Emmert Studebaker, co-founder of SOFA, was active in the organization of ABANA in 1973. With this interest, he recruited Larry Wood and Bob Zeller to begin teaching classes in 1977 & 1978. There was at that time a small group in Northern Ohio calling themselves the “Ohio Artists Blacksmiths;” Barry Wheeler, Bruce Washington, and Mark Bokenkamp were involved. Emmert independently worked with them and ABANA to organize the first two or three Quadstate events at the Studebaker Homestead.
After holding several groups of classes, Emmert recruited his students to form SOFA, following the guidelines established by ABANA. Once SOFA was organized, Emmert turned the operation of Quadstate over to SOFA. SOFA became the 13th Chapter of ABANA in 1981.
SOFA grew to over 50 members very quickly because of the facilities provided by the Studebakers, and due to the guidance of Emmert and Larry. It represented a unique situation with a home blacksmith shop, education facilities and eager-to-learn individuals.
With continued growth in several years of teaching the basics, tending to members interests, and solid organizational influence, SOFA was able to become self-supportive. By then there were several other ABANA Chapters in the southwest that were in the same position. Over time, ABANA was losing influence and control over the rapidly-growing world of modern blacksmithing; to avoid financial and legal responsibility, ABANA was reorganized to be a major center of information and a gathering point for anyone interested in blacksmithing. This change in ABANA’s structure re-classified Chapters as “affiliates,” allowing them to be independent organizations.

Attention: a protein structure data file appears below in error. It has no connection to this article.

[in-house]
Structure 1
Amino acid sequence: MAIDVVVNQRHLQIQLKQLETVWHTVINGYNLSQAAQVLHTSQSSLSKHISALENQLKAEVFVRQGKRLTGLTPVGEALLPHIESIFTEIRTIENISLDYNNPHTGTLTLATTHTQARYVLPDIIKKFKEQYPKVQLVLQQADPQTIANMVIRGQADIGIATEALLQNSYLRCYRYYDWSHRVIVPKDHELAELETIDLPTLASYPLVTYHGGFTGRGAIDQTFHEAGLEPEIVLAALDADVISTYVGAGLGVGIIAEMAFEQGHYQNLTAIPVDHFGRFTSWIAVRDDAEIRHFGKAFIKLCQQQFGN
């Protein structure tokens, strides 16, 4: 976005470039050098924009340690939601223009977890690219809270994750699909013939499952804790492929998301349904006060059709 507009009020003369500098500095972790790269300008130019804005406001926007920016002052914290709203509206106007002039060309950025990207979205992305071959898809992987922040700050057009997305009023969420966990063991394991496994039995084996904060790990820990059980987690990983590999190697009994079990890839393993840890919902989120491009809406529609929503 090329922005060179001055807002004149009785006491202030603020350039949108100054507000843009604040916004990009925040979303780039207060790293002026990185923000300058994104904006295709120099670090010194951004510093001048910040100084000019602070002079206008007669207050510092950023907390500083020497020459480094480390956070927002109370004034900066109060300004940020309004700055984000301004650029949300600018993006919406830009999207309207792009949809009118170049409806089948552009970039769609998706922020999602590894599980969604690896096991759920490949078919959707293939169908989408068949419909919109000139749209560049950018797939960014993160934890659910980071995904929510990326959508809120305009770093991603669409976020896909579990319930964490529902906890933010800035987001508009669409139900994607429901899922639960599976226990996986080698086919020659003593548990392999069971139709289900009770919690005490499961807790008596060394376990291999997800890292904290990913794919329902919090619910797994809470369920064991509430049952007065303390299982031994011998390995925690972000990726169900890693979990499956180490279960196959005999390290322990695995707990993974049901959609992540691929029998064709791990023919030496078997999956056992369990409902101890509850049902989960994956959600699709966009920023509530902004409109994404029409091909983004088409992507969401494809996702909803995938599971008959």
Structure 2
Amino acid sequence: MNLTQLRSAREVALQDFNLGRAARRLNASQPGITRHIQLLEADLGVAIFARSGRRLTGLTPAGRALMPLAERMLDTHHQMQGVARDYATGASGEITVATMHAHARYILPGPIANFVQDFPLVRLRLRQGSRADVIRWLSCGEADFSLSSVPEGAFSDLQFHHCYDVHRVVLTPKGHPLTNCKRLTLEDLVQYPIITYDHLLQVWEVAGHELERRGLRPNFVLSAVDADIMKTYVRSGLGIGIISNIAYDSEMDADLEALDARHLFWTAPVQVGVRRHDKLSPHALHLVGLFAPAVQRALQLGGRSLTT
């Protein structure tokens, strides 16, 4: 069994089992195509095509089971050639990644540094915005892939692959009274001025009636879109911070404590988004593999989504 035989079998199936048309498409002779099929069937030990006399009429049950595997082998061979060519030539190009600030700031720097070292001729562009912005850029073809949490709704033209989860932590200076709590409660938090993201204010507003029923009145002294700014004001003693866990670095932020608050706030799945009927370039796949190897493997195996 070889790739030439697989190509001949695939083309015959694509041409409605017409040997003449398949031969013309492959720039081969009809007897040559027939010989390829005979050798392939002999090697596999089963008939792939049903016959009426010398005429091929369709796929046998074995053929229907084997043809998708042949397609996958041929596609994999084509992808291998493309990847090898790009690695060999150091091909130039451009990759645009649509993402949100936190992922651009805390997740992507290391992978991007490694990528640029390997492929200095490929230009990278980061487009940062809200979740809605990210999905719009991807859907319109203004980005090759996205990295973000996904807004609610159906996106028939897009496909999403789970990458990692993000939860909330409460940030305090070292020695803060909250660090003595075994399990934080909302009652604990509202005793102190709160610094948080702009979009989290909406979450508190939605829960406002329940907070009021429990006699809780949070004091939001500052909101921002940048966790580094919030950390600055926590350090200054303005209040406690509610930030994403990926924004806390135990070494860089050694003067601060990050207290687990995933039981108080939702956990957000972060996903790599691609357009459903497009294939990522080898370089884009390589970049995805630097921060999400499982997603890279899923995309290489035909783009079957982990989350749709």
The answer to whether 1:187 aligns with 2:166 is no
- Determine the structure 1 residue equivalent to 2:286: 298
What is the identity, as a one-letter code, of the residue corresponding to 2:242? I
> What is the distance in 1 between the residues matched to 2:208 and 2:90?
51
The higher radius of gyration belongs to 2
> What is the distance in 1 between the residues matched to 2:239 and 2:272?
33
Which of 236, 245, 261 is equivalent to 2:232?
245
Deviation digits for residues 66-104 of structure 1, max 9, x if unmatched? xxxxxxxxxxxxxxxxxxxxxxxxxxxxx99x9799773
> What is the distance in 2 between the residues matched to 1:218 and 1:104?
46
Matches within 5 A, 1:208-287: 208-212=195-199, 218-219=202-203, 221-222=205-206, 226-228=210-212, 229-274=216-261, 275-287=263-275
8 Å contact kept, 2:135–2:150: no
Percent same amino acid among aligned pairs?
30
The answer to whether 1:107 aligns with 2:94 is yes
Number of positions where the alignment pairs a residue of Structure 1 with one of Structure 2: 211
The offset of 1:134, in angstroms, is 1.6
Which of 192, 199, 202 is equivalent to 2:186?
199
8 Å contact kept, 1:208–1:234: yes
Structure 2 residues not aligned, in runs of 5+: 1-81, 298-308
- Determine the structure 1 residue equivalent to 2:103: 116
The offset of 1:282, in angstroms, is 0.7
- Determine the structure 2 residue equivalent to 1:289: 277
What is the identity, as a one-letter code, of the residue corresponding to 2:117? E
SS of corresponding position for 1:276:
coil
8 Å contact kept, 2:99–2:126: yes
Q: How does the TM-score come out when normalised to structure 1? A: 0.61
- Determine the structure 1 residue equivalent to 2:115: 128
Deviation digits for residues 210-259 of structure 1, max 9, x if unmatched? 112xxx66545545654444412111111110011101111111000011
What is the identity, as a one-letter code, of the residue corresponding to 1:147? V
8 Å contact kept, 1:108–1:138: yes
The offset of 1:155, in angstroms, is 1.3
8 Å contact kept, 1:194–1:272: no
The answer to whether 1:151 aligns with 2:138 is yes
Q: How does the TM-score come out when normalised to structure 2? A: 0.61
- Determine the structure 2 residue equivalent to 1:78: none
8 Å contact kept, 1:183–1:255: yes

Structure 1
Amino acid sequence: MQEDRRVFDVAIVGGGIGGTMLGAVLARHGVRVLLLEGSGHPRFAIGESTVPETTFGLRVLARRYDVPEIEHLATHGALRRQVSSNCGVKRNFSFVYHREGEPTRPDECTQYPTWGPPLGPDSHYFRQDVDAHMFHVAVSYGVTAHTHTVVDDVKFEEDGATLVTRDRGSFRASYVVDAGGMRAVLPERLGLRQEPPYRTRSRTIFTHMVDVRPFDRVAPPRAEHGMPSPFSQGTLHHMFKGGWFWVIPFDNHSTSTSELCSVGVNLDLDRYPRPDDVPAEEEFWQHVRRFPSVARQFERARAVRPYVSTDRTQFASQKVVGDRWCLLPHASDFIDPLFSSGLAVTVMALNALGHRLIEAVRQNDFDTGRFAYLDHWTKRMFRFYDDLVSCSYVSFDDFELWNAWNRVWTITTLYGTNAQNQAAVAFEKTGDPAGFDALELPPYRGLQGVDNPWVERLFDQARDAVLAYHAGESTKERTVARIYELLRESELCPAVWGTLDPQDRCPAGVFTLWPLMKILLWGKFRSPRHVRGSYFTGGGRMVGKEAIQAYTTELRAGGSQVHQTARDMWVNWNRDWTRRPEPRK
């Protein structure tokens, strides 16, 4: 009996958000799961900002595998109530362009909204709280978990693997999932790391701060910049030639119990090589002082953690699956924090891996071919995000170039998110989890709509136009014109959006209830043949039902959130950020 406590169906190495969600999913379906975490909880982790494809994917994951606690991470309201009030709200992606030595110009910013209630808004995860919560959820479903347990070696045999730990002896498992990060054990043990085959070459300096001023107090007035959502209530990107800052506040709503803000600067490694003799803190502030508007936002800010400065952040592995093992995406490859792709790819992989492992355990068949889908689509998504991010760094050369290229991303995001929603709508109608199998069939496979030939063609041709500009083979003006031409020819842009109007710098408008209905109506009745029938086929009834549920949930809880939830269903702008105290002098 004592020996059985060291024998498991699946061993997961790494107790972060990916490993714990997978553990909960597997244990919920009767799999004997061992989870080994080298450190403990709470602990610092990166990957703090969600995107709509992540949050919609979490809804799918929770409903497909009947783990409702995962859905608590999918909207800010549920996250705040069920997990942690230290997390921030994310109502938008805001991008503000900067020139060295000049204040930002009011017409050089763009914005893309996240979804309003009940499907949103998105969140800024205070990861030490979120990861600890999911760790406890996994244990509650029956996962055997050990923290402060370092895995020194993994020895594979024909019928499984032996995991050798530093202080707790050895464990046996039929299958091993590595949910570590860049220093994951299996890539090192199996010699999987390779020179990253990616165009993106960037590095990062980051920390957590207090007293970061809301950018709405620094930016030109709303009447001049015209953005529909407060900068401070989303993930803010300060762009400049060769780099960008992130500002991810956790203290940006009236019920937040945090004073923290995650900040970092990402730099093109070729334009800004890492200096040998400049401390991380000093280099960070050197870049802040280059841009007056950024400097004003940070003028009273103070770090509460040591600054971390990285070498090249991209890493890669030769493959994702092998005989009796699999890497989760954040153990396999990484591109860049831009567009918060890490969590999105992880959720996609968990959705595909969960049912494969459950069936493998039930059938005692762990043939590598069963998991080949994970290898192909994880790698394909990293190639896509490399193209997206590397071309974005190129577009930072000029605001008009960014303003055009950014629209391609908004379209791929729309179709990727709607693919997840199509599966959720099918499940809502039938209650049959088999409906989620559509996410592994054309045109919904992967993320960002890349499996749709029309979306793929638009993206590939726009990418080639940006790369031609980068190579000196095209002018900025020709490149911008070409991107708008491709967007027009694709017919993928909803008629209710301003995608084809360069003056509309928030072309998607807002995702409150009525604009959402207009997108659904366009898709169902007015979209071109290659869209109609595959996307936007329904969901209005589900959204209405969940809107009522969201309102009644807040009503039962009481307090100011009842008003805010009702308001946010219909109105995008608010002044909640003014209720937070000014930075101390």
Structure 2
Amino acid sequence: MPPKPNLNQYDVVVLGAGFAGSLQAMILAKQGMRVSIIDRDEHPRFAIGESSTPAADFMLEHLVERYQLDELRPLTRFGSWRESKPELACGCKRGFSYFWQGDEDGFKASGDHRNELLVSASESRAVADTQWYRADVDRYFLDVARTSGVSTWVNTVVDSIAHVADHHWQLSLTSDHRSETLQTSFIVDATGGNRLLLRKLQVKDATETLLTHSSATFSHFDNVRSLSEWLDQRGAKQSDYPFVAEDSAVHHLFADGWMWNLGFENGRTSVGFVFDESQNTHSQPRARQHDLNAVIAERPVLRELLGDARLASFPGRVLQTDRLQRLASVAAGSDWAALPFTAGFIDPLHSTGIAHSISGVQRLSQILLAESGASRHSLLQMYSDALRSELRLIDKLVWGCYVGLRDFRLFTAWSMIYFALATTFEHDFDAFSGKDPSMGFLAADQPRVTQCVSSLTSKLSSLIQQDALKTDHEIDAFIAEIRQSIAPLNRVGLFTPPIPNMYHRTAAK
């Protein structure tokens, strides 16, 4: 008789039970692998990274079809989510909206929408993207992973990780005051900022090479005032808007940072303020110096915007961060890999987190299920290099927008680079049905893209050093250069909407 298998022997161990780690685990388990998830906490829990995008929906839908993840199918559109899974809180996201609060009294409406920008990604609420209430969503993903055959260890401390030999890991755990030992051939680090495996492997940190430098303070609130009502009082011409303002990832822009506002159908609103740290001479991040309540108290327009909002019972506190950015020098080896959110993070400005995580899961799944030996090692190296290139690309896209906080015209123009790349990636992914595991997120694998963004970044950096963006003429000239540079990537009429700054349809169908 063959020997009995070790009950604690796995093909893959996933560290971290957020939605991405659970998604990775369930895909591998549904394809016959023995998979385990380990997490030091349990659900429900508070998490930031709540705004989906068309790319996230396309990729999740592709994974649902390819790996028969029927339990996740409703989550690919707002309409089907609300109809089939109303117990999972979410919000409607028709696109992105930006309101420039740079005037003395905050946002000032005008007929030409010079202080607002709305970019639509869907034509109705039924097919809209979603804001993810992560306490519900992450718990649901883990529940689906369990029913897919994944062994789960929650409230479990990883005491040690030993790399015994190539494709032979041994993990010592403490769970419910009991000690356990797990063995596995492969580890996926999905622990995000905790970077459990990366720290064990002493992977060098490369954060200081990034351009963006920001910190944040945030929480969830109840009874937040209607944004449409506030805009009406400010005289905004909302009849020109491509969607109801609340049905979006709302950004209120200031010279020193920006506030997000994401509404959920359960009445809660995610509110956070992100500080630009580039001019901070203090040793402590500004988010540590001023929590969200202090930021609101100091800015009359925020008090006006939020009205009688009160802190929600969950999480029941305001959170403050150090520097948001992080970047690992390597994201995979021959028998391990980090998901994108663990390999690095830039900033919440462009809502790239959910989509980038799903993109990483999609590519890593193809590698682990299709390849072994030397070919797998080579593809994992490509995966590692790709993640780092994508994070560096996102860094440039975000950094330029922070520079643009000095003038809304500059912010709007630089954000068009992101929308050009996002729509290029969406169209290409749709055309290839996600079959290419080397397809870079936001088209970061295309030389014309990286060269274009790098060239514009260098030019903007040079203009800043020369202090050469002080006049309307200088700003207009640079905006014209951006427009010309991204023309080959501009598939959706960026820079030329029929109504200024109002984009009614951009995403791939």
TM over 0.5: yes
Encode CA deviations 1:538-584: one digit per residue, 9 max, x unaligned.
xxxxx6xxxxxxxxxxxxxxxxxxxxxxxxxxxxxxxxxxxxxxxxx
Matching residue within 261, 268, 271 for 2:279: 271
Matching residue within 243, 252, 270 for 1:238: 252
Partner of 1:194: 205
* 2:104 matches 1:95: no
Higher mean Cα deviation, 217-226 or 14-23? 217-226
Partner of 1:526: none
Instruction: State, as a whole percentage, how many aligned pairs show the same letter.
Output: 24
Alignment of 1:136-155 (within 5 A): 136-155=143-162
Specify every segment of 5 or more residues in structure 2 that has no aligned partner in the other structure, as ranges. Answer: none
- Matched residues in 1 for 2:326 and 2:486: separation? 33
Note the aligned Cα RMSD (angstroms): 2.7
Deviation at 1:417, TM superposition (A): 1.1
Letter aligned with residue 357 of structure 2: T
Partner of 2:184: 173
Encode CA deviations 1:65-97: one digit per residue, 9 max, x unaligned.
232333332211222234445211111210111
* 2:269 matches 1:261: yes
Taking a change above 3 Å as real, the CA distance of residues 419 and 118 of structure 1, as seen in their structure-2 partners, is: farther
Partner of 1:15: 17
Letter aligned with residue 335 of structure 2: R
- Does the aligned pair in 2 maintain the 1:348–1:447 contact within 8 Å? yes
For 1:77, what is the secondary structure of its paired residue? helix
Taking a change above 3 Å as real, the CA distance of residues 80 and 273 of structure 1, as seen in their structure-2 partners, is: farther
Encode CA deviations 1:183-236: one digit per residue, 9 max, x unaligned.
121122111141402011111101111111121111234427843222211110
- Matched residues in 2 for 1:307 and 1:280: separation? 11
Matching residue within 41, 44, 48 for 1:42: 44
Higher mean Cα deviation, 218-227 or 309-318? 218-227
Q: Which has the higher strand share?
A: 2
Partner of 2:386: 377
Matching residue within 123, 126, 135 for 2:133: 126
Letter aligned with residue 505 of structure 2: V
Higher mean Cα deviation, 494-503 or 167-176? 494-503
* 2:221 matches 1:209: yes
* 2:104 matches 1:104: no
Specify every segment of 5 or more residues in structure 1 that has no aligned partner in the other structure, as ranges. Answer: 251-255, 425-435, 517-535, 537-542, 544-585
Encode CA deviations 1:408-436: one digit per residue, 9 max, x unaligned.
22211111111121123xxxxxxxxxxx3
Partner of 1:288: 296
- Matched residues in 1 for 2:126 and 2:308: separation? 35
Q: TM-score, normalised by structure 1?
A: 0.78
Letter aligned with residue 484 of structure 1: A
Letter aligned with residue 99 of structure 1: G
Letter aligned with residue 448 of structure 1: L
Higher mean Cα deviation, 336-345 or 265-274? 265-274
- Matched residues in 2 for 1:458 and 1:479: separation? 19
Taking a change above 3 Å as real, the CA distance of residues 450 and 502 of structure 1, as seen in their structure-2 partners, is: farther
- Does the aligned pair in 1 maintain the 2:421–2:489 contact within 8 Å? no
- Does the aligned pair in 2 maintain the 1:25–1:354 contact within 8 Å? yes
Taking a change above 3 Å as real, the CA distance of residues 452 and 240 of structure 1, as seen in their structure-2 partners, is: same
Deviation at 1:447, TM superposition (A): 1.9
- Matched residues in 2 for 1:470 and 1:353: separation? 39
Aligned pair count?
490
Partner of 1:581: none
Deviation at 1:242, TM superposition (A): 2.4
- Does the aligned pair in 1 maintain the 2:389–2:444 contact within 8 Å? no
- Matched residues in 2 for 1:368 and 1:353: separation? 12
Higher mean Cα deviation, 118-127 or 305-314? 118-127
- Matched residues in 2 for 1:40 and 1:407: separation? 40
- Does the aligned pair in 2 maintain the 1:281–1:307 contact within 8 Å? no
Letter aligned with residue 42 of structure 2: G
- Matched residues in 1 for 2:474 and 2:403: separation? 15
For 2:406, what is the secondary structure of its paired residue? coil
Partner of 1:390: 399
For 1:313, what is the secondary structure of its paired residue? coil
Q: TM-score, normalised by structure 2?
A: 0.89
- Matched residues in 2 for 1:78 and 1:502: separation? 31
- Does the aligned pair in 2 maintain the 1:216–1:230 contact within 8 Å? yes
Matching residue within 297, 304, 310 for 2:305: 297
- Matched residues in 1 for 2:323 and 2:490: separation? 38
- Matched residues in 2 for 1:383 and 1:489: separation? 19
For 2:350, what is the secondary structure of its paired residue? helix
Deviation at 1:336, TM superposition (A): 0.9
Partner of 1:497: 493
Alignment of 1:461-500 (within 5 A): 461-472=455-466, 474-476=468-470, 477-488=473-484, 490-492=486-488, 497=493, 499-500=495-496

There are currently over 80 affiliate organizations. ABANA still produces several excellent publications and offers assistance to affiliates and blacksmith’s both financially and through providing help in communication of activities worldwide.